Peace and Socialism

In 1987 Najibullah announced a ceasefire, a new constitution, an appeal for a coalition government with the fractious opposition. Najibullah’s rule is still fondly remembered as the best period in recent history by Afghans old enough to know. He had moved forward since he took over from Karmal in 1985, with a new constitution making Islam the state religion. He was an able commander, miraculously staving off the insurgents, leaving areas to local tribal leaders, who quickly restored pre-communist traditional village governance, settled down, and refused to join in the now Taliban-al-Qaeda world jihad.

Elections were held, and in 1988 the 50-man UN Good Offices Mission in Afghanistan and Pakistan (UNGOMAP) was set up to confirm the withdrawal of Soviet troops, help repatriate refugees, monitor the flow of arms into Afghanistan, and prevent any hostilities from developing between the Afghan and Pakistani governments. The mission contained 5 Canadian peacekeepers.

Though no official arms embargo was agreed (the US-Saudi ‘aid’ was still unofficial), there was a gentleman’s agreement to that effect, supported enthusiastically by Iran and India, ignored by the US, Pakistan and the Saudis. At first it looked hopeful. With the departure of Soviet troops, the spirit of jihad was draining away. As Soviet troops evacuate, locals reconstitute local affairs along traditional lines. No one wanted jihad. Except for Bin Laden and his new devotee, Mullah Omar. And of course the US and Pakistan.

1978, 1988 and 1998 were fateful turning points which resounded around the world. All centred around Afghanistan. Hollywood, always a useful barometer, was in sync in a curious way. The film Contact was conceived based on a novel by Carl Sagan written in 1978, but not made till 1998. The heroine Arroway goes through a wormhole to Vega and has friendly contact with Vegans who tell her the journey was just humanity's first step to joining other spacefaring species.

Sagan was riding on the last wave of detente in 1978, and wrote a film about the possibility of world peace, depicting the aliens (aka, earth’s aliens, the Soviets) as friendly, although the US government almost scuttled scientists’ efforts. The US philanthropist behind the mission dies of cancer in the Russian Mir space station, leaving a hopeful  legacy. But the Soviet Union suddenly became evil again in 1979, and the idea had to go on the shelf until two decades later, when another brief period of detente with the now capitalist Russian allowed the realization of Sagan’s dream.

The Afghan snowball started rolling in April 1978, briefly became an avalanche, but looked like it might peter out by 1988, only to pick up steam and become the world crisis by 1998, the aftershocks of which we continue to suffer two decades later. Evil aliens? Force majeure? Systemic? In each case, the US controlled the outcome, and did everything possible to make it worse.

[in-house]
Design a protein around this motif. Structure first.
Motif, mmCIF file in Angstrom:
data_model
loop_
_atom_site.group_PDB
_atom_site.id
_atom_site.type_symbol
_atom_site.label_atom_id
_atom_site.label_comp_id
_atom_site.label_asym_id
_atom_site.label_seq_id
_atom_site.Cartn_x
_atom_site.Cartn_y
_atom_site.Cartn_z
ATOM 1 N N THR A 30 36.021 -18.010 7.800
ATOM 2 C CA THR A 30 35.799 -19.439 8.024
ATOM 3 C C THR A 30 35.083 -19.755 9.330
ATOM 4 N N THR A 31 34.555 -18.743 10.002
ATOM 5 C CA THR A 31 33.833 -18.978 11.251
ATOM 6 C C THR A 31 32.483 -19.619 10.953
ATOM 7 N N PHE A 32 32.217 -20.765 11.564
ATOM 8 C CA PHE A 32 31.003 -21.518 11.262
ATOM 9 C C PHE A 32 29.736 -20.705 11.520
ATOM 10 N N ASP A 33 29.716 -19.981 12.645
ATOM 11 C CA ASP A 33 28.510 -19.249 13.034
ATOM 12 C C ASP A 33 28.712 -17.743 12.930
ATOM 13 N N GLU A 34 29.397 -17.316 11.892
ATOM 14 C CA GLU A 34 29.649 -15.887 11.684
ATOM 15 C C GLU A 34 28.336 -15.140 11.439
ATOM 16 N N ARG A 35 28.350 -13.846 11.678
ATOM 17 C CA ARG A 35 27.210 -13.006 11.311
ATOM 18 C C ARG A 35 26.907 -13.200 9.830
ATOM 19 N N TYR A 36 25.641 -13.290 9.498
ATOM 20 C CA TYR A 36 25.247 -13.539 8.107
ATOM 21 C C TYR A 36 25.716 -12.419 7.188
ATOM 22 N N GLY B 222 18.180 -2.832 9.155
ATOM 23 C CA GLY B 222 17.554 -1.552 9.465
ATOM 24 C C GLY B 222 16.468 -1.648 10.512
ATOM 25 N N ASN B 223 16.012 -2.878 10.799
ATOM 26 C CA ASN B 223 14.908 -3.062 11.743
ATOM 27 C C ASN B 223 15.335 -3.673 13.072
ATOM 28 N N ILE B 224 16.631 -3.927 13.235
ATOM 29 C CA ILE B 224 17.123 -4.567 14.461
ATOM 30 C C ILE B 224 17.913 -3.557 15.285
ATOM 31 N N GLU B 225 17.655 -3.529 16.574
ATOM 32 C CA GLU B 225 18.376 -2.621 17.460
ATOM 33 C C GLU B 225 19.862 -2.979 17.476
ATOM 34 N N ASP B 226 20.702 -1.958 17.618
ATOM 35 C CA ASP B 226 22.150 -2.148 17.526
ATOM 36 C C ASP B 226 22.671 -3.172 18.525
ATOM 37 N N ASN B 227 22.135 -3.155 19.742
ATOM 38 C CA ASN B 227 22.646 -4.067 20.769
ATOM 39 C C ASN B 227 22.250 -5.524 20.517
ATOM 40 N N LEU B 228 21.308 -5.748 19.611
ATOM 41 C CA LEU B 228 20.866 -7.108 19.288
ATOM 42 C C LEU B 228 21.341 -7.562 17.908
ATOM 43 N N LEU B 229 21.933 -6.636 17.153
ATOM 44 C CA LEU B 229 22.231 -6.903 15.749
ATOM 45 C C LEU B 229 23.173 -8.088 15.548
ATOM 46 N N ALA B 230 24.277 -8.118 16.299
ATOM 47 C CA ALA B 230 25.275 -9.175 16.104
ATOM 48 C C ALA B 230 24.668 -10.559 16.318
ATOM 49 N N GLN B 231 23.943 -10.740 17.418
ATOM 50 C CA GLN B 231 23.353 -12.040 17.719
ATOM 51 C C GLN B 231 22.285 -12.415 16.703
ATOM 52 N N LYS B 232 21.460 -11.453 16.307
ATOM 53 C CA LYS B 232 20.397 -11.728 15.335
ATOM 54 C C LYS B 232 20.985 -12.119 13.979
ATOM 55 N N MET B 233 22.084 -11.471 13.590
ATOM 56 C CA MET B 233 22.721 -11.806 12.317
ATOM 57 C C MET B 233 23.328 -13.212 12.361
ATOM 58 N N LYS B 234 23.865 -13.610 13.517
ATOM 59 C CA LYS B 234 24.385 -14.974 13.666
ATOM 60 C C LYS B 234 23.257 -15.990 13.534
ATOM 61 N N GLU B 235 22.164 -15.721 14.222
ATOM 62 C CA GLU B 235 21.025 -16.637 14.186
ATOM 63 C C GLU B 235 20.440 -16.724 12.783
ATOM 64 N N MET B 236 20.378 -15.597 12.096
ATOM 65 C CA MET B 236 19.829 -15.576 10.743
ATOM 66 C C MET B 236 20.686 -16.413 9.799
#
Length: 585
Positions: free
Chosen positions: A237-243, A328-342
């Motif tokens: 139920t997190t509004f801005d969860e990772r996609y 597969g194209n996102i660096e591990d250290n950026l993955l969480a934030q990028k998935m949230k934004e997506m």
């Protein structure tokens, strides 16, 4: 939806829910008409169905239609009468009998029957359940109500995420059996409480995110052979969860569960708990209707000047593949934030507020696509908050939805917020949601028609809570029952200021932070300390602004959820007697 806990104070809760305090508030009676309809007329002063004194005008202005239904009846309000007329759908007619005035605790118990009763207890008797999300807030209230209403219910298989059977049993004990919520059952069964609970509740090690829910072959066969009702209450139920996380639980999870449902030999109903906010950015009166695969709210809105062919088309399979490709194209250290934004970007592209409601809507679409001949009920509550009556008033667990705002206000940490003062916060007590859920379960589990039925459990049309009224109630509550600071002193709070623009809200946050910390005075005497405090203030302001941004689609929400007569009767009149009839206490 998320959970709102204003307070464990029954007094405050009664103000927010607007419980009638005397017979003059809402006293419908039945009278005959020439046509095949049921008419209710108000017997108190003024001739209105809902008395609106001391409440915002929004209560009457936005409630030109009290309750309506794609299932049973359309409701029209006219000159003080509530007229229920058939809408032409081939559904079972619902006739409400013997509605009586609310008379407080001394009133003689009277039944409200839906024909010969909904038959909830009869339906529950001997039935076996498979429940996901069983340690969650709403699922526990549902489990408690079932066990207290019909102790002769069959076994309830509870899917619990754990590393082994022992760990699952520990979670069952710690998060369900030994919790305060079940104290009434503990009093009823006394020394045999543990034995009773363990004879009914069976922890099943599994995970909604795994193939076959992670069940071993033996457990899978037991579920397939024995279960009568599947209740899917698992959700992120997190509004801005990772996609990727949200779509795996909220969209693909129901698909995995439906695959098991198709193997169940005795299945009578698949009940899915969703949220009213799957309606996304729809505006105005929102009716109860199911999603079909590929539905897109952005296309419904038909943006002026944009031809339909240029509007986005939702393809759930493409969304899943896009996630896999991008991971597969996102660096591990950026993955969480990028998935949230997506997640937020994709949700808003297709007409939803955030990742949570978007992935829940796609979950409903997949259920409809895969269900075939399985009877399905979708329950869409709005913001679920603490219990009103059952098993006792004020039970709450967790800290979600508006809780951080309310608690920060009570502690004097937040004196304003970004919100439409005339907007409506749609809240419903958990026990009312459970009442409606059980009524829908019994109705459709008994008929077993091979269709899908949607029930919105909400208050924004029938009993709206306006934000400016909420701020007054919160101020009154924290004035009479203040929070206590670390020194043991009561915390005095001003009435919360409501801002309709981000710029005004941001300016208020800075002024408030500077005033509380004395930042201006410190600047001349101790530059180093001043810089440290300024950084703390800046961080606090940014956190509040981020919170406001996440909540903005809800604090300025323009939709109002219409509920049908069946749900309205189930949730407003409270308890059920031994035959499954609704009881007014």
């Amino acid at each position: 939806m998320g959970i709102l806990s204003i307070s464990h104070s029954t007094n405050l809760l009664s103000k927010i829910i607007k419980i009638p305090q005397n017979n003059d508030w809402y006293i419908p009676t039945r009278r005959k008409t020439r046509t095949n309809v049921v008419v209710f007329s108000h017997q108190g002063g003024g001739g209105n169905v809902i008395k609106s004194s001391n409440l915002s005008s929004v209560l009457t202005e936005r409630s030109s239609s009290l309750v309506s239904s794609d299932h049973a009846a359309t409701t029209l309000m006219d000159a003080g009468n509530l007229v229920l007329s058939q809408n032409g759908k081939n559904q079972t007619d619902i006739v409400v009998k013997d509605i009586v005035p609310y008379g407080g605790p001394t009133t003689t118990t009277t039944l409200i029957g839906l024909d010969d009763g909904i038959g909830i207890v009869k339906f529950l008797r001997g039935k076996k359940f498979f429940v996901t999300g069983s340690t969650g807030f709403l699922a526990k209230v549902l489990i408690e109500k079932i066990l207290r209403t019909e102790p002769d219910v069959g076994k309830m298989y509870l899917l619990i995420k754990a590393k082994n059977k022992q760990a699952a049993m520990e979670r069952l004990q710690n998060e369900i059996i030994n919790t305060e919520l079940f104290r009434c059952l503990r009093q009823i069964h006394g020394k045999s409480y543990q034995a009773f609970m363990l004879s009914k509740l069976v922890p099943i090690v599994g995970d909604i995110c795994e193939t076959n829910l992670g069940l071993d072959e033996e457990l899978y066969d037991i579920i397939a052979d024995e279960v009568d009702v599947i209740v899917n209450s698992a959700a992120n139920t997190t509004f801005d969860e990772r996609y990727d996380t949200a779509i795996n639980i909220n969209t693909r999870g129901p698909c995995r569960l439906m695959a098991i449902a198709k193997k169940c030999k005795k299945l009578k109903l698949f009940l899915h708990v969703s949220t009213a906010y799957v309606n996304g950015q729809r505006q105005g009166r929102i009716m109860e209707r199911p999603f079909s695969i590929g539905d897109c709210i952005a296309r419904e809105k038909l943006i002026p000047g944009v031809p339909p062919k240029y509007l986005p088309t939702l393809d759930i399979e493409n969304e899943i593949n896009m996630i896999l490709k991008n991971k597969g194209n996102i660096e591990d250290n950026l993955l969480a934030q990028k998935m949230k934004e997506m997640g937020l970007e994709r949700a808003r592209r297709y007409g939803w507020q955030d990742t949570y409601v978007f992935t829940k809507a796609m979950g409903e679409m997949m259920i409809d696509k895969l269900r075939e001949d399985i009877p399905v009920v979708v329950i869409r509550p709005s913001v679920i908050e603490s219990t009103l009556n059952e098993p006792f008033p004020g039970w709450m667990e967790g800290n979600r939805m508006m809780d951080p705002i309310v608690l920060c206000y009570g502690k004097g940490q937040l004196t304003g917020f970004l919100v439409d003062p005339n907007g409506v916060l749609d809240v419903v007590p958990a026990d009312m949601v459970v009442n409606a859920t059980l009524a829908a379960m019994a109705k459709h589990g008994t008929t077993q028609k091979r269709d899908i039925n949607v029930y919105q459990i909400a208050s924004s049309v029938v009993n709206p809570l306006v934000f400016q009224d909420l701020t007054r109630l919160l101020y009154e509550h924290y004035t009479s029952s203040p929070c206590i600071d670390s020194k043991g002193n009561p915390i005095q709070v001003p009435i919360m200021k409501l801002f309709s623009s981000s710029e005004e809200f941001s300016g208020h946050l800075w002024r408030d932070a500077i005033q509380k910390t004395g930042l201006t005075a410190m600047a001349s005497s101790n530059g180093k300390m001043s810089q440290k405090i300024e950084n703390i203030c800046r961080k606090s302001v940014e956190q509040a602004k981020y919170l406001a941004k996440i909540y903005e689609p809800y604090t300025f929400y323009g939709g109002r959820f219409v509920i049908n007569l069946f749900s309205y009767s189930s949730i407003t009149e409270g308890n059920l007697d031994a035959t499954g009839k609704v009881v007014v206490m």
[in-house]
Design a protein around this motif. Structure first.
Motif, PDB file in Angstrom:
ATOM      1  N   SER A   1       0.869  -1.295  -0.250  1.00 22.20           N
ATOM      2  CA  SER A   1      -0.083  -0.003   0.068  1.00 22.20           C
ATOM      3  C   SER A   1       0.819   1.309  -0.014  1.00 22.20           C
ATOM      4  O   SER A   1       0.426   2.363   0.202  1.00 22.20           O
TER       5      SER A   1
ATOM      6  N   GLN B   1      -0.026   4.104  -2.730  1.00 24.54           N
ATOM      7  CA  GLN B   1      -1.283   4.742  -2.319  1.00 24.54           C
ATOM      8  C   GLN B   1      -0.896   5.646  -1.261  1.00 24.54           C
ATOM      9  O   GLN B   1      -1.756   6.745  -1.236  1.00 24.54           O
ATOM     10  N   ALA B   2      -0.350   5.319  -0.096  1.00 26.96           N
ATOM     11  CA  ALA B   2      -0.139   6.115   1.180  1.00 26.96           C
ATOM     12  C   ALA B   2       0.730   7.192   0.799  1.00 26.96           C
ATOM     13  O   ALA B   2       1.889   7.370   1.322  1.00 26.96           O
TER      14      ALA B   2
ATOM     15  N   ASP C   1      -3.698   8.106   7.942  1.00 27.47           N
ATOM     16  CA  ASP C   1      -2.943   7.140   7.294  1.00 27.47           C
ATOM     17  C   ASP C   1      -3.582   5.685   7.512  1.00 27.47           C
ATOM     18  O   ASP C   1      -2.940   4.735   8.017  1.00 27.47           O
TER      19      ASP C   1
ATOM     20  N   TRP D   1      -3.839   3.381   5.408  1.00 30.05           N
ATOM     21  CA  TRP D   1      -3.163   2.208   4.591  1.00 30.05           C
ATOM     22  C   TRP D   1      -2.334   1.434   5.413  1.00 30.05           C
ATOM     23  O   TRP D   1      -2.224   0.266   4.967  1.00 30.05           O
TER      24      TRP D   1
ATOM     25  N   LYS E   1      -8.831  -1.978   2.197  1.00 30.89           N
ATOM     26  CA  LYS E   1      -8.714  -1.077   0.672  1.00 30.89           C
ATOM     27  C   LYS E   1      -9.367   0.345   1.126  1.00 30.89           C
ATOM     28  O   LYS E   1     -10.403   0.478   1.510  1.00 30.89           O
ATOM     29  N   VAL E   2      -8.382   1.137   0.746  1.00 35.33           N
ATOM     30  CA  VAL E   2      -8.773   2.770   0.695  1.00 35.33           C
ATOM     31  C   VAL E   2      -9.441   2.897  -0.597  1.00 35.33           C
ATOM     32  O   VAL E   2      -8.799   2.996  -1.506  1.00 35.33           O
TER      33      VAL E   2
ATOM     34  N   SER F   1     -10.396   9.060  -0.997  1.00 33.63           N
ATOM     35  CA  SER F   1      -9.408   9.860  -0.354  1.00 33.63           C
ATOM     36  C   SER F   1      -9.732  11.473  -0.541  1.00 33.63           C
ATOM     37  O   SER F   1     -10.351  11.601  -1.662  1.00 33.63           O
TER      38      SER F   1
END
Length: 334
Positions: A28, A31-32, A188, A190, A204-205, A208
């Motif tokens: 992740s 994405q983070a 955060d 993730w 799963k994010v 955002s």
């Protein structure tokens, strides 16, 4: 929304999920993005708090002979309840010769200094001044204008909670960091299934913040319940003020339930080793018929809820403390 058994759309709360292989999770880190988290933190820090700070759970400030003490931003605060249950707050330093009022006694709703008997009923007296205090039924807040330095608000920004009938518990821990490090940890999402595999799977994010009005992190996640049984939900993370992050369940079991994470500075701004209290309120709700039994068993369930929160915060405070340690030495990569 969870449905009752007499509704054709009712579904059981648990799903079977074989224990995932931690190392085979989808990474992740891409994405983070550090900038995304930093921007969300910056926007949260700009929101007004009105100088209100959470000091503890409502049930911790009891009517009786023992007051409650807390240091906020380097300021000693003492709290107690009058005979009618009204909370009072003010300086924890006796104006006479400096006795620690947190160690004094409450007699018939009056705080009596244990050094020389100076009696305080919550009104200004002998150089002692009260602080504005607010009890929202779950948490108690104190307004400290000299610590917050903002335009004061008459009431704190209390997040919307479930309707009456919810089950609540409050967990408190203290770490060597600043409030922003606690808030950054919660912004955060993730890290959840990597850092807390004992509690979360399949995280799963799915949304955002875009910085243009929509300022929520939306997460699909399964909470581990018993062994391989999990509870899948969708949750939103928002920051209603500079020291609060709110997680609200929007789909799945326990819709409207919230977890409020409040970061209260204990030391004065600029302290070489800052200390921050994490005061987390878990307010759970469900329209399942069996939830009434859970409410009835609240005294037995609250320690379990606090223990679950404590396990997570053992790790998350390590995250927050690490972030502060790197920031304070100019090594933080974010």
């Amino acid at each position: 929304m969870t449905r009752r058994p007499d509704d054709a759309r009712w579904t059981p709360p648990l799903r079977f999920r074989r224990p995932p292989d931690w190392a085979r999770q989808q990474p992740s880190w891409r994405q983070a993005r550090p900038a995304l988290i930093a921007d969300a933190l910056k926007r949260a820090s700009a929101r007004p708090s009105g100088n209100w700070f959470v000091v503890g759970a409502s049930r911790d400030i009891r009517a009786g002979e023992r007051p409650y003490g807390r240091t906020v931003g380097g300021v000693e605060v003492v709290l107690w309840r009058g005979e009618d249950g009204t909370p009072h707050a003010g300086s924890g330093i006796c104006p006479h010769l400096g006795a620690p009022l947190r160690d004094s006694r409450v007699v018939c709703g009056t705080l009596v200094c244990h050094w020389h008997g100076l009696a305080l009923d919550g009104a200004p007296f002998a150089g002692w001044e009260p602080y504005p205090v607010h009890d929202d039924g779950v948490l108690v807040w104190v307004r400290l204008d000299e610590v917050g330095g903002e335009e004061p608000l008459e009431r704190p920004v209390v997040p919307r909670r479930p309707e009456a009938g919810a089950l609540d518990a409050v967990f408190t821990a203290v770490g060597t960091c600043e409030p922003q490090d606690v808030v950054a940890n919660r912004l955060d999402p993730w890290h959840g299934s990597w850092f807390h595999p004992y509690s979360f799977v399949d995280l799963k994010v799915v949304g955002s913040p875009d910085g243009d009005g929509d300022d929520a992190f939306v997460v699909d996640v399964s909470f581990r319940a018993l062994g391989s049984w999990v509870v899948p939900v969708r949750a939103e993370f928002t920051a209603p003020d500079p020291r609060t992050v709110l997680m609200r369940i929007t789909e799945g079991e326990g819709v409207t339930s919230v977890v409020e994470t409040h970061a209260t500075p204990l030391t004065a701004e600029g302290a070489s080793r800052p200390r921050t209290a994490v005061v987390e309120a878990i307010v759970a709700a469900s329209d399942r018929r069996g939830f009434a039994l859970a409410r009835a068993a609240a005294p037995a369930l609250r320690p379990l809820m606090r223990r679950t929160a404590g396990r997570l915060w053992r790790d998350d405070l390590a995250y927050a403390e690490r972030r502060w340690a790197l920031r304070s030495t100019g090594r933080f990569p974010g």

From a lecture to the Eurica Institute, Tehran, December 31, 2017.

To better understand the threat that Zionism poses to the world, and especially Iran, allow me to turn to a historical analogy. The scenario is eerily reminiscent of the late-1930s, as the earlier aggressive, racist state, Nazi Germany, was allowed to pursue its selfish, warlike agenda against its peaceful neighbors, despite its agenda of world war. The actors in that drama were Nazi Germany versus the Soviet Union, the latter being the only credible peaceful resistance to fascism. Britain, France, and the US refused to stand up to the threat to peace, mistaking the Soviet Union for the enemy, despite it being the only credible resistance to the Nazis.

In today’s drama, the bad guys are US-Israel-Saudi against the only credible peaceful actor: Iran. In the 1930s the perceived threat was the “specter of communism” haunting Europe. Today the perceived threat is the “specter of Islam,” now reduced to Iran, as the only anti-imperialist Muslim state. Terrorism then was seen to be communism, though the Soviet Union was peaceful.

Very simply, the demonstrations erupted after price increases. It is hard to live with unremitting foreign hostility, as the socialist bloc learned, with only tiny Cuba surviving the Cold War. Venezuela dared to buck the neoliberal order and has suffered terribly. The current unrest can be laid at imperialism’s feet.

An outbreak of bird flu in Iran was a kind of finishing touch, as egg prices jumped 30%. Turkey rushed truckloads of eggs to the rescue, but Nature had done its work. Another spark was an increase in the price of gas. Since the demos began, parliament has addressed the problems and adjusted prices, though clearly the issue will not go away.

I was the guest of Tehran-based  New Horizon, holding book launches of The Canada Israel Nexus in the Persian translation in Tehran, Qom and Esfahan, as rumours from BBC et al filtered through. My hosts Reza Montazami and Hamed Ghashghavi were furious at the distortion of actual events. “They used old stock footage of past demos not even from the same town,” Hamed fumed.

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Canadian Eric Walberg is known worldwide as a journalist specializing in the Middle East, Central Asia and Russia. A graduate of University of Toronto and Cambridge in economics, he has been writing on East-West relations since the 1980s.

He has lived in both the Soviet Union and Russia, and then Uzbekistan, as a UN adviser, writer, translator and lecturer. Presently a writer for the foremost Cairo newspaper, Al Ahram, he is also a regular contributor to Counterpunch, Dissident Voice, Global Research, Al-Jazeerah and Turkish Weekly, and is a commentator on Voice of the Cape radio.

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